A property can be transferred through a sales agreement, where the seller establishes the price and the buyer engages in negotiations for the most favorable terms. Another method involves property auctions, where interested buyers can submit bids for the property. This article will explore property auctions and their functioning.
An auction is a method of exchanging goods or services through competitive bidding, where items are presented for sale, and the highest bidder acquires them or, in some cases, the lowest bidder sells them. Usually, an auctioneer oversees the proceedings, announcing the prices, and participants bid the maximum amount they are willing to pay for the product or service.
Auctions: How do they work?
Auctions can take the form of open auctions or closed-format auctions. In an open auction, participants gather at a physical location or join online to bid openly. Participants are aware of the competing bids and continue to raise their bids until declared the highest bidder and winner of the auction. In contrast, many business transactions involve closed auctions where interested parties submit sealed bids directly to the seller. The bid amounts remain confidential, known only to the seller, and participants are unaware of others' bids. The seller may opt for a single round of bidding or select multiple bidders for additional auction rounds.
Also Read: 5 Key notes about Property Auctions
- Auctioneer: An auctioneer is the person who conducts an auction sale by announcing the product put up for bidding and calling for bids from prospective buyers.
- Reserve price: The reserve price refers to the minimum price at which a seller is willing to sell the property. If no bidder meets or exceeds the reserve price, the property remains unsold.
- Bidding increments: Usually, there are predetermined bidding increments that define how much a bid amount can be increased.
- Auction closing time: The auction sale should have a specified ending time.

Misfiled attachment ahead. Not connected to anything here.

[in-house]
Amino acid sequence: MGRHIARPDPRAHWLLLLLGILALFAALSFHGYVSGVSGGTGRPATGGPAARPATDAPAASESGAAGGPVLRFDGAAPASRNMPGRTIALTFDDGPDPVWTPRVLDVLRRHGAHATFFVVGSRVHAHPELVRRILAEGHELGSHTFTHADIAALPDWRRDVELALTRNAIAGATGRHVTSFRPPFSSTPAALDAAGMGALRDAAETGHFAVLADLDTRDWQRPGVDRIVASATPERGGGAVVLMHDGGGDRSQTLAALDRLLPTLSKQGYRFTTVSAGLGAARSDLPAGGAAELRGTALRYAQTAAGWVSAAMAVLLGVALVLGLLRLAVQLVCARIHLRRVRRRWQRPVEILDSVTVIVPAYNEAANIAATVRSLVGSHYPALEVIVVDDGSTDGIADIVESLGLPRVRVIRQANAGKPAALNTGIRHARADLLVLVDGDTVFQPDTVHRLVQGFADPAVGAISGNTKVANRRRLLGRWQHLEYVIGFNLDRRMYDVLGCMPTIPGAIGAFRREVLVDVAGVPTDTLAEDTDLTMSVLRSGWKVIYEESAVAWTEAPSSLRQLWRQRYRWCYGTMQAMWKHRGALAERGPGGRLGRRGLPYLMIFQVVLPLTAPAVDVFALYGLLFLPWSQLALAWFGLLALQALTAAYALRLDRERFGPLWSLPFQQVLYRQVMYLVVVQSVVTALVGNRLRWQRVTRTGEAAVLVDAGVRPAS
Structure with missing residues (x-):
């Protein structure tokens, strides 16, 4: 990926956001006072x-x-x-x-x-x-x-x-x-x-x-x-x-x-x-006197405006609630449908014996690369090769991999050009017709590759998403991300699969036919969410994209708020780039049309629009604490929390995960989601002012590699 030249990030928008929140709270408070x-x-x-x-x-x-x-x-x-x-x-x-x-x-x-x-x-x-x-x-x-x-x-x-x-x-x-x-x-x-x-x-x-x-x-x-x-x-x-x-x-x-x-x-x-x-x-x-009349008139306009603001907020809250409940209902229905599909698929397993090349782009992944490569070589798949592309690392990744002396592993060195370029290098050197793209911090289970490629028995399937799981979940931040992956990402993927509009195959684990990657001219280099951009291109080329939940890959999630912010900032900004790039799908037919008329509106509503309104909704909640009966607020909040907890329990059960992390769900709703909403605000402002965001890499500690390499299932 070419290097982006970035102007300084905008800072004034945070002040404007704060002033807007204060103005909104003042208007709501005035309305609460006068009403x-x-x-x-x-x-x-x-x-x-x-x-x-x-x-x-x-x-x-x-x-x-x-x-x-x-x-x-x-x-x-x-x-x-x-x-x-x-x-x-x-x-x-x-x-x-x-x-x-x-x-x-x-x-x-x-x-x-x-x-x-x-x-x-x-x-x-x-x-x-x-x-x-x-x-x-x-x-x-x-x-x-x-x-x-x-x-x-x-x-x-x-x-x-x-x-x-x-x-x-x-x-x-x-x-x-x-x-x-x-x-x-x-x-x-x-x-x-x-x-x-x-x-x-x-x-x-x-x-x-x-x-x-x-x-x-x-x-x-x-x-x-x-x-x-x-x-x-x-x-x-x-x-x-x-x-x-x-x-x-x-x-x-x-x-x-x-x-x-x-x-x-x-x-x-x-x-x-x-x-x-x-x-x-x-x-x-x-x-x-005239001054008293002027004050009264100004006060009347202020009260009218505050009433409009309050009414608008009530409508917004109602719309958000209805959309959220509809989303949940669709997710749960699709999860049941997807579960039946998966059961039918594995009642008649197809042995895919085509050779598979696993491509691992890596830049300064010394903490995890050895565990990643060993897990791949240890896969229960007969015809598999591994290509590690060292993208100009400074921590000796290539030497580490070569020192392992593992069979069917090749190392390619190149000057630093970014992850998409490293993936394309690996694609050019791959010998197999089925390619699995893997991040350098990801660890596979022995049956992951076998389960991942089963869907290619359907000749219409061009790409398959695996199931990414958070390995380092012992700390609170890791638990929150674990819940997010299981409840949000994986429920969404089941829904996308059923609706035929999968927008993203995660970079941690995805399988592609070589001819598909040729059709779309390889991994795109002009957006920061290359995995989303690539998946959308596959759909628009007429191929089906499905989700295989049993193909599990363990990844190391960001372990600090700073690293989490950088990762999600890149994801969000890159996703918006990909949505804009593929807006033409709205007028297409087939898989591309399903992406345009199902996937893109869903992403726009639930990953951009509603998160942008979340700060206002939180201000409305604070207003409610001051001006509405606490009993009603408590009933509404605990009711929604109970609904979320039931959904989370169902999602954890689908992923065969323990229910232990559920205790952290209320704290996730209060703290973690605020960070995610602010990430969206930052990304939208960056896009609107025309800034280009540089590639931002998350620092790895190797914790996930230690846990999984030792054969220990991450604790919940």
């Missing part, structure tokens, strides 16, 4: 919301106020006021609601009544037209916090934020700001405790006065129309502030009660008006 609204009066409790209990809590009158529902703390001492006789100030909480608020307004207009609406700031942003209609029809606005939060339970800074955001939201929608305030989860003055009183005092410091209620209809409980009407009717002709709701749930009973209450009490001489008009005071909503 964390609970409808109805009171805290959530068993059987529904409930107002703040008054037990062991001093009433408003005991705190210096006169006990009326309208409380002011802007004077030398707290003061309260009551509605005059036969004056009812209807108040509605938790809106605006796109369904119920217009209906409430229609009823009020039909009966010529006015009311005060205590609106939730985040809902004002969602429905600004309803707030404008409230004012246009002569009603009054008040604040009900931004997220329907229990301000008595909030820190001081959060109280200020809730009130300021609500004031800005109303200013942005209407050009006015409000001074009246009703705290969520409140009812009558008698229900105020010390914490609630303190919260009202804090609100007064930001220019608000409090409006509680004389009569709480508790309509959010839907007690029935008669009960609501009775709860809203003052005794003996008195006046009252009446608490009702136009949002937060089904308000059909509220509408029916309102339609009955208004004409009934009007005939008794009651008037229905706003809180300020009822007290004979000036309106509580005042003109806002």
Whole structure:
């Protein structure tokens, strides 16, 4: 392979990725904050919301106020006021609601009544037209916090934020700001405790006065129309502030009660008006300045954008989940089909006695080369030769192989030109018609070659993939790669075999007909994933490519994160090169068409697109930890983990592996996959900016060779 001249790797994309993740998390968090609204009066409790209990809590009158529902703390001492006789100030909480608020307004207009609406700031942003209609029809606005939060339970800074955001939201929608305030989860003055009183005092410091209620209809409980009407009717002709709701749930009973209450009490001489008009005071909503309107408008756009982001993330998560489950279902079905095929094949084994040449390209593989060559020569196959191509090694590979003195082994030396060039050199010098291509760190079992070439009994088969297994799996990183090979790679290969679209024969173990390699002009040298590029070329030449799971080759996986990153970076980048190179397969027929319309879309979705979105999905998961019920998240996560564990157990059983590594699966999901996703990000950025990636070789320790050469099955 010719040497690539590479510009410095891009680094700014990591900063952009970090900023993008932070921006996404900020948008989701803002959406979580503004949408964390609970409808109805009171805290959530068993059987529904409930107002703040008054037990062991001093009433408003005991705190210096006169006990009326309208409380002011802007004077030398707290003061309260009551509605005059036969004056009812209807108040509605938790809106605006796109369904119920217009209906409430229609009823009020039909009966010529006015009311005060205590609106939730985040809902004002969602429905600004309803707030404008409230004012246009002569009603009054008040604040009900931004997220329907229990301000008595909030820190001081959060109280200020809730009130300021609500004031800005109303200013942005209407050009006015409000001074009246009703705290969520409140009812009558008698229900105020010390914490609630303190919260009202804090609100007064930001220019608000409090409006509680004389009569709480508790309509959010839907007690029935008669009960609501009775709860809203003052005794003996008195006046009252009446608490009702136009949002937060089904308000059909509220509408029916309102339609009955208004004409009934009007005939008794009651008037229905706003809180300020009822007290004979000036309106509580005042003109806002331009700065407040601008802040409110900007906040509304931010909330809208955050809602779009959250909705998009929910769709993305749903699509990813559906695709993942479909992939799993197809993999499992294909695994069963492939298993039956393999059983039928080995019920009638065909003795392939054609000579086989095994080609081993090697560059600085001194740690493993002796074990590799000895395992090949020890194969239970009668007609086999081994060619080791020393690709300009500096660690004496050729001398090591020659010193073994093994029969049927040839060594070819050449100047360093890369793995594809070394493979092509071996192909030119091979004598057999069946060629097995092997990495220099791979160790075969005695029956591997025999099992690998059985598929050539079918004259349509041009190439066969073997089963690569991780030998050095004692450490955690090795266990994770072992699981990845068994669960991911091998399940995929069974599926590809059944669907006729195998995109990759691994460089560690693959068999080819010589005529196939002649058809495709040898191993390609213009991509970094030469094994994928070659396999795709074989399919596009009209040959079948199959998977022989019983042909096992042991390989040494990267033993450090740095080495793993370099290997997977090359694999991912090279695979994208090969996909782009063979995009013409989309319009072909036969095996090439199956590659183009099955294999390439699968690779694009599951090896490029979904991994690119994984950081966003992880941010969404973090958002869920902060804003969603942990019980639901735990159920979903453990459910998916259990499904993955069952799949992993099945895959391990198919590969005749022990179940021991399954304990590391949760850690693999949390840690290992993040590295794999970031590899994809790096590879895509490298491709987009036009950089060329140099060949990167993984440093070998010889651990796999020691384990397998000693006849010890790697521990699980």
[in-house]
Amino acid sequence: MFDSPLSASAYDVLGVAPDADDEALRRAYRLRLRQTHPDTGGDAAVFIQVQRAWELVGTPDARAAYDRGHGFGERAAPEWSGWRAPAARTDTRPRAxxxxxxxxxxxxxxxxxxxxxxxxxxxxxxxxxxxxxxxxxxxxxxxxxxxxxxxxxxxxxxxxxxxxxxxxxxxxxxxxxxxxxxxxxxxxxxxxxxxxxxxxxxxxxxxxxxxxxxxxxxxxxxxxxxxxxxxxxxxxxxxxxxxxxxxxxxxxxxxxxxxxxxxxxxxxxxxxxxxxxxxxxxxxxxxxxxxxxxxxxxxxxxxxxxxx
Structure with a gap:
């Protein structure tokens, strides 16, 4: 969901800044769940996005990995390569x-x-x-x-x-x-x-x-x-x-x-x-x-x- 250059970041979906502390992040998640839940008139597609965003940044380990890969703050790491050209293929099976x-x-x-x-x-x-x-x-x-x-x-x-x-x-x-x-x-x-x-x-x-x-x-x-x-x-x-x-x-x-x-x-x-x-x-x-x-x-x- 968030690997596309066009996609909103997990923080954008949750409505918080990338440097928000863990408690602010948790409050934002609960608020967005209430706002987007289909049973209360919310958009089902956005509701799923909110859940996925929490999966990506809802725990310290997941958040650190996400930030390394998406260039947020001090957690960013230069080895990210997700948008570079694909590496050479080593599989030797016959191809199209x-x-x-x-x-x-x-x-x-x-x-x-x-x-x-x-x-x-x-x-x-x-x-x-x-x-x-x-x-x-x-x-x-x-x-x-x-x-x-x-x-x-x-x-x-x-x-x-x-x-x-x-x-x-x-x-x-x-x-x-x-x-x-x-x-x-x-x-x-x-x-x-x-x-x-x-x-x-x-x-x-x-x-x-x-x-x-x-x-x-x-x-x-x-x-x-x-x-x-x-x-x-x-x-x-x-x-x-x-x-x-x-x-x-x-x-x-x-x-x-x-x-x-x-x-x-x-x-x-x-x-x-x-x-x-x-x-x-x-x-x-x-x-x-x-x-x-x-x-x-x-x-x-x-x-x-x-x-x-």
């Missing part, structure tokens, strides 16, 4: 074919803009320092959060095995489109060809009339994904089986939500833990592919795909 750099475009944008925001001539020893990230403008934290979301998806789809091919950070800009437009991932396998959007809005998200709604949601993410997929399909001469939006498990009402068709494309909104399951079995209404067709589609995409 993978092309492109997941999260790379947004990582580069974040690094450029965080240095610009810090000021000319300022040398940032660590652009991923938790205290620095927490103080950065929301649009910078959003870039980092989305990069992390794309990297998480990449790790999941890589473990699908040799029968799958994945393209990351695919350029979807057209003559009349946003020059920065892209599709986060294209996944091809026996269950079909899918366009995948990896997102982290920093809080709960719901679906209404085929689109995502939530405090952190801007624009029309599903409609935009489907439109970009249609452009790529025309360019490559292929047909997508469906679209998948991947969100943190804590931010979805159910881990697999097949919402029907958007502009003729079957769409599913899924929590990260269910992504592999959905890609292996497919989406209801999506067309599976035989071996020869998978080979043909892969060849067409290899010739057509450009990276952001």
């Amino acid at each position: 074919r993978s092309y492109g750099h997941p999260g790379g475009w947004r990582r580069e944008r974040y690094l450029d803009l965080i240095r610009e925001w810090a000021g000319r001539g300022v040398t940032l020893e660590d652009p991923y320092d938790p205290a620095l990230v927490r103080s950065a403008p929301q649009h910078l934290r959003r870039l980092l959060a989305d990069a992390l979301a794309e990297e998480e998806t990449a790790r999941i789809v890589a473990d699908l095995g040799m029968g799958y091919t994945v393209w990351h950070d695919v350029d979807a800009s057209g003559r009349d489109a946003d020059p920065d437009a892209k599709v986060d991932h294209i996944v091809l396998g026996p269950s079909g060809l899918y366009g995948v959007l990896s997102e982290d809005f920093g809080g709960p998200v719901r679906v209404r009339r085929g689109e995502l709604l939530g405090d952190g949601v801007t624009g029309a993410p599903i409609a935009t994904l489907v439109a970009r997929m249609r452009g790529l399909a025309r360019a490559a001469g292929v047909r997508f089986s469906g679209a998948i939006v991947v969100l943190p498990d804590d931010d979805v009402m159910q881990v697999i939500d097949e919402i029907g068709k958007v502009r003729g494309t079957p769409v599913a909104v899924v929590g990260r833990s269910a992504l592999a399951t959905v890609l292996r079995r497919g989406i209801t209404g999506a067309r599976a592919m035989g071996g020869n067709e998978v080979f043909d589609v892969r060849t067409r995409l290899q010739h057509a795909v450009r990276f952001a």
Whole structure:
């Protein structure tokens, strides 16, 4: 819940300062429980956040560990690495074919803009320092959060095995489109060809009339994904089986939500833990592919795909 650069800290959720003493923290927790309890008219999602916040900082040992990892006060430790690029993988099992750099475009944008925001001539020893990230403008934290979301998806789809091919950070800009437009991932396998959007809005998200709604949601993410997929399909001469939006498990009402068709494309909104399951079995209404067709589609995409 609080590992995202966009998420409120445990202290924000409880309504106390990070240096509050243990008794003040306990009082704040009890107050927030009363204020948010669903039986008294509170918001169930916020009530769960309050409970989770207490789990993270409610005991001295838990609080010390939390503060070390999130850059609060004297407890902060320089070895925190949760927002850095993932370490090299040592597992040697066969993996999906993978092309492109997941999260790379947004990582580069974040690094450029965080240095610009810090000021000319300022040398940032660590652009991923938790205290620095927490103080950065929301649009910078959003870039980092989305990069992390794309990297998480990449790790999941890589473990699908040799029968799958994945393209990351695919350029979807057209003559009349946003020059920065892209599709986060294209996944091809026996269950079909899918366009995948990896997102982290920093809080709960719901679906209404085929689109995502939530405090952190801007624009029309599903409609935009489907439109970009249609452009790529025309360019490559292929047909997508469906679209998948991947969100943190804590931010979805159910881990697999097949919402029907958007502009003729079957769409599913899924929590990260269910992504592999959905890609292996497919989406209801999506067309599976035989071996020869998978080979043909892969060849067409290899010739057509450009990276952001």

- Sale completion: In an auction, the seller is required to complete the sale once a bid has been accepted.
Types of Auction Sales
- Public auctions: In this type of auction, the seller is the government.
- Private auction: This auction sale is conducted privately if the seller and buyers are known to each other.
- Live auction: This is an open auction where potential bidders participate live by either physically attending the event or virtually.
- Advertisement auction: In this auction, the seller publishes a notice in a newspaper or online about the product or item he wants to sell.
- Sealed bid auction: In this auction, prospective buyers send the bids to the seller in sealed envelopes. The highest bidder is the winner at the end of the bidding process.
- Sale in lots: It is an auction sale in which the items are sold in lots or batches.
- First lot auction: In this auction, each lot is sold to the highest bidder at a time during the auction process.
- Second lot auction: This auction involves batching goods into two parts and offering those as individual lots to prospective buyers interested in buying them.
- Auction sale of unsold lots: In this auction, the seller offers only those lots that he was unable to sell during the first or second lot auctions to interested bidders.
Properties auctioned by banks
In India, banks have the authority to conduct a real estate foreclosure auction under the SARFAESI (Securitization and Reconstruction of Financial Assets and Enforcement of Securities Interest) Act of 2002. This legislation empowers banks to auction properties that have been repossessed or foreclosed in order to recover financial losses.
The initiation of a bank auction for a property occurs when a borrower fails to make a loan payment. The foreclosure process is triggered when a borrower misses three consecutive EMI payments on a home loan. Subsequently, the borrower is granted a 60-day period to respond to the bank's notification, explaining why the bank should not proceed with the auction due to payment default.
If the borrower makes the necessary payment within this period, the bank withdraws the notification. However, if the payment is not made, the borrower has the option to object within 60 days, providing reasons for the non-payment of EMIs. In the event that the borrower does not respond, or the bank finds the response unsatisfactory, the bank auction process is initiated. Once the 60-day notice period has lapsed, the bank has 30 days to conduct an auction for the property.